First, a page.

I envision the digital future of gaming resembling the current models presented by STEAM, and Origin - being a future where gamer's access various thridparty manufactures hardware (whether it be steam machines, or Sony boxes, or whatnot) and download full games thru services that offer them, and play them at universally accepted hardware settings. What box you choose, and who you decide to spend your time buying your games from will be totally up to the consumer. But more importantly; the consumer wouldn't have to worry about hardware variances make games unplayable to them, not having enough money to buy a game machine (thanks to universal parity & competing manufacturers), nor worrying if their internet connections are fast enough to support the kind of high-level streaming that Cloud HD gaming would require - simply having a solid connection and moderate DL speed would be enough to fully download a game off a service and onto your Hard-drive).


So are consoles as we know it going to exist forever? No. Will This be the last generation? Most likely. How long will Sony or Microsoft be viable players in the game industry? For as long as they are willing to adapt - if they also adopt a open model after this console cycle, they too can compete in the same realm as steam-machines, and whatever other boxes come our way.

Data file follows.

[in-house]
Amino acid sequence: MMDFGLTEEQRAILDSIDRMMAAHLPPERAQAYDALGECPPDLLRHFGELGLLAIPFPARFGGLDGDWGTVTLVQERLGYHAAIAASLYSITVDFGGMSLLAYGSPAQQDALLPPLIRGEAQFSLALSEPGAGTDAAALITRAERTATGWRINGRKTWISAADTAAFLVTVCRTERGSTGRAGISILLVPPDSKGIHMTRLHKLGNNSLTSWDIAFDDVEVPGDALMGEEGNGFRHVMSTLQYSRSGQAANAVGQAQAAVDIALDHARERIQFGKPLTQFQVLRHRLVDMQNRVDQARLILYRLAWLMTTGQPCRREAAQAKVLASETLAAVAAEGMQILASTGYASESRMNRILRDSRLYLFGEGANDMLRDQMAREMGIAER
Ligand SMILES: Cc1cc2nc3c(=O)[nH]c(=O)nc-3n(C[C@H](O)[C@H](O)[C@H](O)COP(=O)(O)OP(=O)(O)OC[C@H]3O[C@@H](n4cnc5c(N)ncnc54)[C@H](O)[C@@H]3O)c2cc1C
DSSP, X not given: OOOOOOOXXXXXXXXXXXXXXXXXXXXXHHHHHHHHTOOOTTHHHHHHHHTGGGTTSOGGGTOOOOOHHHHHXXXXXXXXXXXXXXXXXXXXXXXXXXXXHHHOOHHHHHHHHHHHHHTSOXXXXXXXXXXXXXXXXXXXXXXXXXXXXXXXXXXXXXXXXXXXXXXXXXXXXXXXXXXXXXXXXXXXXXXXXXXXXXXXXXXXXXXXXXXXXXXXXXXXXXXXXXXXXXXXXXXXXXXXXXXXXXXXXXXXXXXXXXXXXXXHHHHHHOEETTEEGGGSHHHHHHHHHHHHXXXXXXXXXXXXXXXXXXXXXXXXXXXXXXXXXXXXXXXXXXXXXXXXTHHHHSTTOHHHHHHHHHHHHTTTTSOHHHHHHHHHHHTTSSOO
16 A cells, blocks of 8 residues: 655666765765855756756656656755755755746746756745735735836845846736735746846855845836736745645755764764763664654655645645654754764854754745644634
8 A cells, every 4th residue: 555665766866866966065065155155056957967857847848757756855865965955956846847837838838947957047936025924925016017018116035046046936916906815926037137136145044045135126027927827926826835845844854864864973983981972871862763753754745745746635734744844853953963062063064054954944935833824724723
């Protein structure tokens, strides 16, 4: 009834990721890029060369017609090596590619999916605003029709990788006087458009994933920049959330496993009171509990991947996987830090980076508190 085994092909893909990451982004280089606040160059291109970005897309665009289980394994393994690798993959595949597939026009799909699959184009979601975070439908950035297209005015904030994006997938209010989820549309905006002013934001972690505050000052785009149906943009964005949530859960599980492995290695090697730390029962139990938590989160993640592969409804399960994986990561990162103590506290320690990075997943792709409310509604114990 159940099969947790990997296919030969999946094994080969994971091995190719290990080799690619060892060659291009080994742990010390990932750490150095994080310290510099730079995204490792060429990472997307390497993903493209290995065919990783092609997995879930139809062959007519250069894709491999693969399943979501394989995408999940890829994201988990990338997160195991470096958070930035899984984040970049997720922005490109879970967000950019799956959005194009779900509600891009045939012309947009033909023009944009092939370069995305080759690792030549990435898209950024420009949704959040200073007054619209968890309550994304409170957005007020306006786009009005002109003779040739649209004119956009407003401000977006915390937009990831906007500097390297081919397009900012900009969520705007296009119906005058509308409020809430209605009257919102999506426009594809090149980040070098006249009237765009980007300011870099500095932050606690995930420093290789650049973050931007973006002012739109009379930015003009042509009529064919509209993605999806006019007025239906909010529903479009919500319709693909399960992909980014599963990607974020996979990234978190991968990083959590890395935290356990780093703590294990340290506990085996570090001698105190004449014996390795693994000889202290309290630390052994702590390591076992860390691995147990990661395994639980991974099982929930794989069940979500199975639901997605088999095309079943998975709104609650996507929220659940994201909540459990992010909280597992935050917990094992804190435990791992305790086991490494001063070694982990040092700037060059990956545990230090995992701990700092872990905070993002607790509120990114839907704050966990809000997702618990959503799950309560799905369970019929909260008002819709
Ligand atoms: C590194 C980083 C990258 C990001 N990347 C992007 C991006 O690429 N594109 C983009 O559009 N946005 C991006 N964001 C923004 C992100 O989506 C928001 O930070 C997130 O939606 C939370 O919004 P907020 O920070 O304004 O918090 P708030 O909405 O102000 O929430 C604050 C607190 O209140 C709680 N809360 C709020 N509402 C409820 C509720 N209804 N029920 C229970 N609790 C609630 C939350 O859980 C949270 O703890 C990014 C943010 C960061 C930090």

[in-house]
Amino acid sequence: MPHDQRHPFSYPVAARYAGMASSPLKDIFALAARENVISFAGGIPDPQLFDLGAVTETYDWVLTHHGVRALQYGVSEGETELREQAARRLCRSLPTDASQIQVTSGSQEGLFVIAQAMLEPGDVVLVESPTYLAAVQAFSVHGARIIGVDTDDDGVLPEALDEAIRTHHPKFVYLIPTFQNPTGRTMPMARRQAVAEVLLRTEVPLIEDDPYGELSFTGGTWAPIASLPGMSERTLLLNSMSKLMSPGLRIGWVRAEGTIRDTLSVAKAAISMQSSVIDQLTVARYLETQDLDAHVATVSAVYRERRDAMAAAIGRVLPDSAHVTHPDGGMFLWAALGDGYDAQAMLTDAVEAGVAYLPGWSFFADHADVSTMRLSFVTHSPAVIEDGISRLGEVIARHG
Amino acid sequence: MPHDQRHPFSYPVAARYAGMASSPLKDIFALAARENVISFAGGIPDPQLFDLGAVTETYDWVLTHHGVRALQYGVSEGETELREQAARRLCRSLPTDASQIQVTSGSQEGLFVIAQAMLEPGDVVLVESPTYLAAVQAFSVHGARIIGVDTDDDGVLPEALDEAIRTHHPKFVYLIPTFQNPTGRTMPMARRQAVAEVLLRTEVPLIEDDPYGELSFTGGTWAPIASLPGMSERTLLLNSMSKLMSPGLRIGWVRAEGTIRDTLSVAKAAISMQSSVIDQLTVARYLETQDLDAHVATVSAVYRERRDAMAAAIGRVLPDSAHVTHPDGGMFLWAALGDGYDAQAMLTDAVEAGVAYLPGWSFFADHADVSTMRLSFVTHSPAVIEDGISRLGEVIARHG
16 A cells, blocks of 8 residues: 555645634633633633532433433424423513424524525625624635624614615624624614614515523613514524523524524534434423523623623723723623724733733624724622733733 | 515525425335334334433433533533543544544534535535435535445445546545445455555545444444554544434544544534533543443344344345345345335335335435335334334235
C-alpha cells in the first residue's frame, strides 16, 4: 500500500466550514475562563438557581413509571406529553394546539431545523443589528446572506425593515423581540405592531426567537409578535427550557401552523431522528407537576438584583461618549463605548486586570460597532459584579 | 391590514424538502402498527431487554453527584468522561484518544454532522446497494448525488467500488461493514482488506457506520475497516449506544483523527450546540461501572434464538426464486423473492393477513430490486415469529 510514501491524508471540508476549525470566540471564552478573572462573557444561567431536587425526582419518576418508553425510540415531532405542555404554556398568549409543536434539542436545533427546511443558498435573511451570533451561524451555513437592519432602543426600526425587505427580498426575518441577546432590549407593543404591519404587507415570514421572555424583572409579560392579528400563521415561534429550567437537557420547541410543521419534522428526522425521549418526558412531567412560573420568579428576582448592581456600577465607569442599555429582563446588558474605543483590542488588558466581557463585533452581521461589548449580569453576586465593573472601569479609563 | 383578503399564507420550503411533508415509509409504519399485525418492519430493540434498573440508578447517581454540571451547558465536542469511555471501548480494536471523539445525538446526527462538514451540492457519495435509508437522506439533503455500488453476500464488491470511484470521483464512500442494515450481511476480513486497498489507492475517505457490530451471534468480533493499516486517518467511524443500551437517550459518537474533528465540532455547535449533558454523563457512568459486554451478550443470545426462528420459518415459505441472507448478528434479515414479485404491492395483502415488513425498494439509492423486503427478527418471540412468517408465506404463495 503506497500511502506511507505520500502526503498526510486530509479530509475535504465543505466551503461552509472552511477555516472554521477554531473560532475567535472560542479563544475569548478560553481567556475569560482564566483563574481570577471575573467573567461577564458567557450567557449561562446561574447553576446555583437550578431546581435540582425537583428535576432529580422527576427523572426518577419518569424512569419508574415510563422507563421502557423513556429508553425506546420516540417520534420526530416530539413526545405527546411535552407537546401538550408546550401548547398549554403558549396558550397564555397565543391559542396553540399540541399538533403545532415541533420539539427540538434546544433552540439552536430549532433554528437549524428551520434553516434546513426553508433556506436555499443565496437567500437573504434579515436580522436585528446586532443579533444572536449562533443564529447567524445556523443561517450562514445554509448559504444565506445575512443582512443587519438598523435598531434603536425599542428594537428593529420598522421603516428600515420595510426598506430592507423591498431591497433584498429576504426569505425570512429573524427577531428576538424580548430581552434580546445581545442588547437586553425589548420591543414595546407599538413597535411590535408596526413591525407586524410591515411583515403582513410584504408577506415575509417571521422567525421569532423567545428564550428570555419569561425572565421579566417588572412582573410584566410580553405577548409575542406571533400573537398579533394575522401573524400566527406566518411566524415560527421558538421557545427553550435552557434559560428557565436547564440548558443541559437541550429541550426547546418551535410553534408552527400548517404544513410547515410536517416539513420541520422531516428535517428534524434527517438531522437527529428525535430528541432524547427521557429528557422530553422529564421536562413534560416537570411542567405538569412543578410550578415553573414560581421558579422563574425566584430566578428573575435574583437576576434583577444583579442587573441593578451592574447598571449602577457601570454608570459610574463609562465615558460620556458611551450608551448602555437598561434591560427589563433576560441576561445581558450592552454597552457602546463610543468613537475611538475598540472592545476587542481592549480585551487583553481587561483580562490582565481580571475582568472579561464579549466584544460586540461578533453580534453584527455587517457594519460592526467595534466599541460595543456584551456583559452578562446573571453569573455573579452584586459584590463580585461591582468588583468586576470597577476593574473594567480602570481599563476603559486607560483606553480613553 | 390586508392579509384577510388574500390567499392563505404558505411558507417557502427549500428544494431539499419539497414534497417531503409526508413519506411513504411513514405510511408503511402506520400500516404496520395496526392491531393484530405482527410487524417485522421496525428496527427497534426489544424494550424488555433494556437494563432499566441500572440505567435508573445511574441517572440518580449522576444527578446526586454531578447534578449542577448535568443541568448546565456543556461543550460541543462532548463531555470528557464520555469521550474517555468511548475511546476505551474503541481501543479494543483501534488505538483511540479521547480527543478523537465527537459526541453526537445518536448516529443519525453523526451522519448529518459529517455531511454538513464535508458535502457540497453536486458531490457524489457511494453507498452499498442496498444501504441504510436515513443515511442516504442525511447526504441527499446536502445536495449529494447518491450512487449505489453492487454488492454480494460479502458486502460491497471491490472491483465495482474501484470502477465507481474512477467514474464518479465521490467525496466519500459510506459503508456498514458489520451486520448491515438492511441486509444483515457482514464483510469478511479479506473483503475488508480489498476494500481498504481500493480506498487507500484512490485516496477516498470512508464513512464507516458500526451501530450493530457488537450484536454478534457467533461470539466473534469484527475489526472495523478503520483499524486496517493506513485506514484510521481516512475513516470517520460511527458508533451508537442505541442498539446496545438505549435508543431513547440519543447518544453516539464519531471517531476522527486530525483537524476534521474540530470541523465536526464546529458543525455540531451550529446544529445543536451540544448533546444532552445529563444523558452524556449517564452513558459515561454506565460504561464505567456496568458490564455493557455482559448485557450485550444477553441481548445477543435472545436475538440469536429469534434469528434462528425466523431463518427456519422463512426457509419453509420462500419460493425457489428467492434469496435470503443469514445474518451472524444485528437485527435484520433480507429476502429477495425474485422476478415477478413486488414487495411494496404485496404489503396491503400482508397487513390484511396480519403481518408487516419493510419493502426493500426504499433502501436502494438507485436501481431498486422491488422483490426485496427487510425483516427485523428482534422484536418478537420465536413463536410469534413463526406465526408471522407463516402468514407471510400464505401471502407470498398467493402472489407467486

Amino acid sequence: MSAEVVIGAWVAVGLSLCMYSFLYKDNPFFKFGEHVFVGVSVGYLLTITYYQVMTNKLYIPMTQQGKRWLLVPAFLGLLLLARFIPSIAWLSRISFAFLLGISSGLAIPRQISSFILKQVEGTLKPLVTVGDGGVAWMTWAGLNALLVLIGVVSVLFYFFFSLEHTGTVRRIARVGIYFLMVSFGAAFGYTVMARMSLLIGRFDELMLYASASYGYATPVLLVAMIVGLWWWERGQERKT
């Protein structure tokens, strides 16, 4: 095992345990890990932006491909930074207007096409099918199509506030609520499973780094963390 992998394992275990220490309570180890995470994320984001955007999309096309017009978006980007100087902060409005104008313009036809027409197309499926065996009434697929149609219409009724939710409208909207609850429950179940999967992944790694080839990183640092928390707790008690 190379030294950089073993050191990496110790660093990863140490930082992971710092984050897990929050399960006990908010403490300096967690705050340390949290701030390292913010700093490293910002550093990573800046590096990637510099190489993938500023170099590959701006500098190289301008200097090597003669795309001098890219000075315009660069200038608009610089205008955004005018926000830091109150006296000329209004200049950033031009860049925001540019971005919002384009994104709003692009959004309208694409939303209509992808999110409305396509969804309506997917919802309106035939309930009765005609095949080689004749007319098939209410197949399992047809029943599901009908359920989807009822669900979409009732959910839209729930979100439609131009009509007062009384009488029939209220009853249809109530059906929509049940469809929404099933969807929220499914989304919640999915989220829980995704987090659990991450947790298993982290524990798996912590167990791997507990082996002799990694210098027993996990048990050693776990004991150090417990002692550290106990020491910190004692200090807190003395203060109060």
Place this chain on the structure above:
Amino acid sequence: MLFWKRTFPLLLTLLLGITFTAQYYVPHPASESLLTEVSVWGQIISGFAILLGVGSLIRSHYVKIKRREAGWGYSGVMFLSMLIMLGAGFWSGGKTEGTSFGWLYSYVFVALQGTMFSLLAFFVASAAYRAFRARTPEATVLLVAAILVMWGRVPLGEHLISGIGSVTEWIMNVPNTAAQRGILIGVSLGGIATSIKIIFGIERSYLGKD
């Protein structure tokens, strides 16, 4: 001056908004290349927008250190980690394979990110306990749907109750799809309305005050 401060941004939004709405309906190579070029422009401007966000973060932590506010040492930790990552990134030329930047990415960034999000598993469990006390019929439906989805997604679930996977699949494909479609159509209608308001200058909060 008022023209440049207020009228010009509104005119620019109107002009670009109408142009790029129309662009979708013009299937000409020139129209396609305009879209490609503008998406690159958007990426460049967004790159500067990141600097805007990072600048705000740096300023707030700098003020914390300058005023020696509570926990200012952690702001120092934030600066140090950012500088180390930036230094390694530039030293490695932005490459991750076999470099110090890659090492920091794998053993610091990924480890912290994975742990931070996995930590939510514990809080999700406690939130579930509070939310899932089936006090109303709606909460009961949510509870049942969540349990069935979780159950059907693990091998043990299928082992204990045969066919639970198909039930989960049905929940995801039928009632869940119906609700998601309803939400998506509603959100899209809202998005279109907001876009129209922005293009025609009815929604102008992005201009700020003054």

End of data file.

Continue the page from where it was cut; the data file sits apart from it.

In the 90's we all though Microsoft was going to take over the computer sector, and in the early 2000's a reinvented  Apple came along and changed that. Then it looked a bit there like Apple and its ipod, iphone, ipad, and IOS would kill of all all competition in the mobile market - but then android and windows slipped in and have been steadily taking that back. The reality is, that in this day and age,choice and the promise of universal compatibility & connectivity are what people what. They don't want constrained to one ecosystem and made dependent on a service or manufacturer who may or may-not respect their pocketbook. 


jukethenuke
jukethenuke

 I personally believe console gaming has just begun. We are starting to see some truly amazing console exclusive games like The Last of Us, Resogun, Dead Rising 3, Grand Theft Auto V (As of right now), Gears of War 3, Little Big planet 1 and 2, and please do not forget all the wonderful exclusives Nintendo has to offer. A vast majority of these games are single player, but with time and patience we will be seeing many more amazing online experiences. I could right a book about the advantages home consoles have in the industry. I am not saying they are better than PC, but they are definitely "easier."